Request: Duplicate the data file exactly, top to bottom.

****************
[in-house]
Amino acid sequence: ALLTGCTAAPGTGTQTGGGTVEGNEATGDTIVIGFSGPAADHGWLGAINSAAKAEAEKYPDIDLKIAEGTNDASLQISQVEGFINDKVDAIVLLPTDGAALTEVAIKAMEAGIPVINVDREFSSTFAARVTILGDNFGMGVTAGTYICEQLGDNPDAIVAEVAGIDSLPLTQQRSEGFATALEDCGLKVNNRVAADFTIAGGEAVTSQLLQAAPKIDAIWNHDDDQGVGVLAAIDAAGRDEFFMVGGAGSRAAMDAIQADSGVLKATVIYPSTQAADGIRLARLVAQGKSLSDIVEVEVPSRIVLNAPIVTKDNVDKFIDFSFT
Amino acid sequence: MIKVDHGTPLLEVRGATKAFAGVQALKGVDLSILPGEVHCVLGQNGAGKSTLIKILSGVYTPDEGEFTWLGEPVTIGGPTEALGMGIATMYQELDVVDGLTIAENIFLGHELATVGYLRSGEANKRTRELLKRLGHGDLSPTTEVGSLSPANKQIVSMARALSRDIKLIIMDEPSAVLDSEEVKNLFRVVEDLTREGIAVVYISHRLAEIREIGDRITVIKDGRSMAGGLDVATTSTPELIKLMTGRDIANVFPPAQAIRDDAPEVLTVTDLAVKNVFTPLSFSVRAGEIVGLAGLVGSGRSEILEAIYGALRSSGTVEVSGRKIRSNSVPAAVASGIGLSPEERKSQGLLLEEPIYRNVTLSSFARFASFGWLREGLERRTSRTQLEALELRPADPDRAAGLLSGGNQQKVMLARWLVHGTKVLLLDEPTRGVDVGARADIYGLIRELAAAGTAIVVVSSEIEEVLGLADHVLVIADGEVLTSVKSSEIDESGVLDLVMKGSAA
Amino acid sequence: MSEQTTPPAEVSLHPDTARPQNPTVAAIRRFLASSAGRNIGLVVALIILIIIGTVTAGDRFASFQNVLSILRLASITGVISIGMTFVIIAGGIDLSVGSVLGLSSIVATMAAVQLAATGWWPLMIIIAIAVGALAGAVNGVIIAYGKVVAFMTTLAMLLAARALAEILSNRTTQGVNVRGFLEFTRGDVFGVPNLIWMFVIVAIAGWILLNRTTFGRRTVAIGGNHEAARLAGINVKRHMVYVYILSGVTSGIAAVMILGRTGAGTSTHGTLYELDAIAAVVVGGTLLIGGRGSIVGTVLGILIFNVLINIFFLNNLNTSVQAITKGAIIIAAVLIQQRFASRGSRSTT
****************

[in-house]
Amino acid sequence: ALLTGCTAAPGTGTQTGGGTVEGNEATGDTIVIGFSGPAADHGWLGAINSAAKAEAEKYPDIDLKIAEGTNDASLQISQVEGFINDKVDAIVLLPTDGAALTEVAIKAMEAGIPVINVDREFSSTFAARVTILGDNFGMGVTAGTYICEQLGDNPDAIVAEVAGIDSLPLTQQRSEGFATALEDCGLKVNNRVAADFTIAGGEAVTSQLLQAAPKIDAIWNHDDDQGVGVLAAIDAAGRDEFFMVGGAGSRAAMDAIQADSGVLKATVIYPSTQAADGIRLARLVAQGKSLSDIVEVEVPSRIVLNAPIVTKDNVDKFIDFSFT
Amino acid sequence: MIKVDHGTPLLEVRGATKAFAGVQALKGVDLSILPGEVHCVLGQNGAGKSTLIKILSGVYTPDEGEFTWLGEPVTIGGPTEALGMGIATMYQELDVVDGLTIAENIFLGHELATVGYLRSGEANKRTRELLKRLGHGDLSPTTEVGSLSPANKQIVSMARALSRDIKLIIMDEPSAVLDSEEVKNLFRVVEDLTREGIAVVYISHRLAEIREIGDRITVIKDGRSMAGGLDVATTSTPELIKLMTGRDIANVFPPAQAIRDDAPEVLTVTDLAVKNVFTPLSFSVRAGEIVGLAGLVGSGRSEILEAIYGALRSSGTVEVSGRKIRSNSVPAAVASGIGLSPEERKSQGLLLEEPIYRNVTLSSFARFASFGWLREGLERRTSRTQLEALELRPADPDRAAGLLSGGNQQKVMLARWLVHGTKVLLLDEPTRGVDVGARADIYGLIRELAAAGTAIVVVSSEIEEVLGLADHVLVIADGEVLTSVKSSEIDESGVLDLVMKGSAA
Amino acid sequence: MSEQTTPPAEVSLHPDTARPQNPTVAAIRRFLASSAGRNIGLVVALIILIIIGTVTAGDRFASFQNVLSILRLASITGVISIGMTFVIIAGGIDLSVGSVLGLSSIVATMAAVQLAATGWWPLMIIIAIAVGALAGAVNGVIIAYGKVVAFMTTLAMLLAARALAEILSNRTTQGVNVRGFLEFTRGDVFGVPNLIWMFVIVAIAGWILLNRTTFGRRTVAIGGNHEAARLAGINVKRHMVYVYILSGVTSGIAAVMILGRTGAGTSTHGTLYELDAIAAVVVGGTLLIGGRGSIVGTVLGILIFNVLINIFFLNNLNTSVQAITKGAIIIAAVLIQQRFASRGSRSTT